Tony Harris, Sec.
Betty Morales,
Newsletter Editor

Thursday, March 17, 2011

The History of the Single Stick

Inspired by the early Galloping Ghost transmitters that used only one control stick to move both the rudder and elevator, the term singlestick came to apply to those transmitters having only one primary control stick.During the early days of analog and digital proportional radio manufacture, both single stick and two stick transmitters were readily available. It was said that the earlier (read that ‘older’) fliers preferred the single stick set-up because of it’s similarity to the earlier, often ‘home-made’ transmitter configurations, and that the two stick set-up was preferred by the ‘newer’ fliers who probably never flew the earlier set-ups, but who had come in by flying the earlier ‘reed’ radios.

Read the rest at

Via Single Stick Stuff

Wednesday, March 16, 2011

UPDATE: NTSB Releases Factual Report On Biplane Collision With Large RC Aircraft

Radio Controlled Plane Was Performing In A Model Air Show.

In what was perhaps the most unusual mid-air collision last year, a Shpakow SA 750 bipe struck a large-scale AJ Slick RC model, slightly damaging the larger aircraft but largely destroying the model. The good news is that the biplane landed safely, but it was not undamaged.

The complete report is available here.

Our original post is

Via Aero News Network

Friday, March 11, 2011

Update: Tell Congress to Protect Model Aviation

82,283 Letters Sent So Far

If you have not sent your letter yet, please do so now. It's easy to do. Just follow  this link  to the AMA web site and follow the instructions. You do not need to compose your own letter, just fill in some online forms and the AMA takes care of the rest. If you enjoy flying as much as I do please take time to send your letter. Use the AMA form letter, or even better compose your own. Let's keep'em  flying!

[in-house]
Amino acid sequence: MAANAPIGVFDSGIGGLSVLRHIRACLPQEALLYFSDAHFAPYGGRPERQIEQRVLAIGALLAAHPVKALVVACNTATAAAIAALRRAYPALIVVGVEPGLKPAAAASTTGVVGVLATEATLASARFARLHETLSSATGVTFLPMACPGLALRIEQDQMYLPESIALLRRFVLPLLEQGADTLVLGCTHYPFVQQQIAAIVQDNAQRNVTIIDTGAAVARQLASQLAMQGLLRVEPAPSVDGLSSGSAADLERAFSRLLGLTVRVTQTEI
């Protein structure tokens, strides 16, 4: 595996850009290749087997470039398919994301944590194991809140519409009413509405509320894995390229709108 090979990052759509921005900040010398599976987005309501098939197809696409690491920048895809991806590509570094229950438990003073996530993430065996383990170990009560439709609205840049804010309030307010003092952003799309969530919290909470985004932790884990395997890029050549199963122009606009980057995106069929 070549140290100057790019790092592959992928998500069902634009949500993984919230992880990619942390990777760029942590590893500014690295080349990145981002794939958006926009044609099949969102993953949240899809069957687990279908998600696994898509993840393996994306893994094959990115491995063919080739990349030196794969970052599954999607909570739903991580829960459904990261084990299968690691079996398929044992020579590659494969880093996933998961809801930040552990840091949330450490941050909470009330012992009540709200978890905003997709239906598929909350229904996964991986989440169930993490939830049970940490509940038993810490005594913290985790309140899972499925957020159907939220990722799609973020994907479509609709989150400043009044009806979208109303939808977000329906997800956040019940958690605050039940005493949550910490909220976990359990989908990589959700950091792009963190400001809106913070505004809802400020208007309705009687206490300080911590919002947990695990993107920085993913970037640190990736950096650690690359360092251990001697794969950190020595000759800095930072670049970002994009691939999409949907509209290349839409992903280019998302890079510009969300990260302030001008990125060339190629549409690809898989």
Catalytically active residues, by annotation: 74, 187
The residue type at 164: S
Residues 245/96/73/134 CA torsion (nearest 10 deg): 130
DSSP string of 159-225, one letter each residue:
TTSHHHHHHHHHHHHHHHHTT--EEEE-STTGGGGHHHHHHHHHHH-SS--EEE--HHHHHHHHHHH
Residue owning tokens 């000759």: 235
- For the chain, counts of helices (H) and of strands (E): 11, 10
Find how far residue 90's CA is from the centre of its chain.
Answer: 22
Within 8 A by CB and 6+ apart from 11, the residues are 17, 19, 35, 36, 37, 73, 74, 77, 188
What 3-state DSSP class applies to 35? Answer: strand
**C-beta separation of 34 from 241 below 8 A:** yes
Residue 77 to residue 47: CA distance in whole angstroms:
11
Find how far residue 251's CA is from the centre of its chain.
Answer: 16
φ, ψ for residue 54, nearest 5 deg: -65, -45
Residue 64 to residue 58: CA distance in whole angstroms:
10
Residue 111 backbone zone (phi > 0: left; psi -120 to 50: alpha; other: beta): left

Daylight Saving Time

Just a reminder that Daylight Savings Time begins this Sunday March 13th at 2 AM, so spring forward 1 hour.

Thursday, March 10, 2011

AMA Safety Code

Academy of Model Aeronautics National Model Aircraft Safety Code

Effective January 1, 2011

GENERAL: A model aircraft is a non-human-carrying aircraft capable of sustained flight in the atmosphere. It may not exceed limitations of this code and is
intended exclusively for sport, recreation and/or competition. All model flights must be conducted in accordance with this safety code and any additional
rules specific to the flying site.
Model aircraft will not be flown:
(a) In a careless or reckless manner.
(b) At a location where model aircraft activities are prohibited.
Model aircraft pilots will:
(a) Yield the right of way to all man carrying aircraft.
(b) See and avoid all aircraft and a spotter must be used when appropriate. (AMA Document #540-D-See and Avoid Guidance.)
(c) Not fly higher than approximately 400 feet above ground level within three (3) miles of an airport, without notifying the airport operator.
(d) Not interfere with operations and traffic patterns at any airport, heliport or seaplane base except where there is a mixed use agreement.
(e) Not exceed a takeoff weight, including fuel, of 55 pounds unless in compliance with the AMA Large Model Aircraft program. (AMA Document 520-A)
Ensure the aircraft is identified with the name and address or AMA number of the owner on the inside or affixed to the outside of the model aircraft.
(This does not apply to model aircraft flown indoors).
(g) Not operate aircraft with metal-blade propellers or with gaseous boosts except for helicopters operated under the provisions of AMA Document #555.
(h) Not operate model aircraft while under the influence of alcohol or while using any drug which could adversely affect the pilot’s ability to safely control
the model.
Not operate model aircraft carrying pyrotechnic devices which explode or burn, or any device which propels a projectile or drops any object that
creates a hazard to persons or property.
Free Flight fuses or devices that burn producing smoke and are securely attached to the model aircraft during flight.
Rocket motors (using solid propellant) up to a G-series size may be used provided they remain attached to the model during flight. Model rockets
may be flown in accordance with the National Model Rocketry Safety Code but may not be launched from model aircraft.
Officially designated AMA Air Show Teams (AST) are authorized to use devices and practices as defined within the Team AMA Program
Document (AMA Document #718).

Not operate a turbine-powered aircraft, unless in compliance with the AMA turbine regulations. (AMA Document #510-A).
Model aircraft will not be flown in AMA sanctioned events, air shows or model demonstrations unless:
(a) The aircraft, control system and pilot skills have successfully demonstrated all maneuvers intended or anticipated prior to the specific event.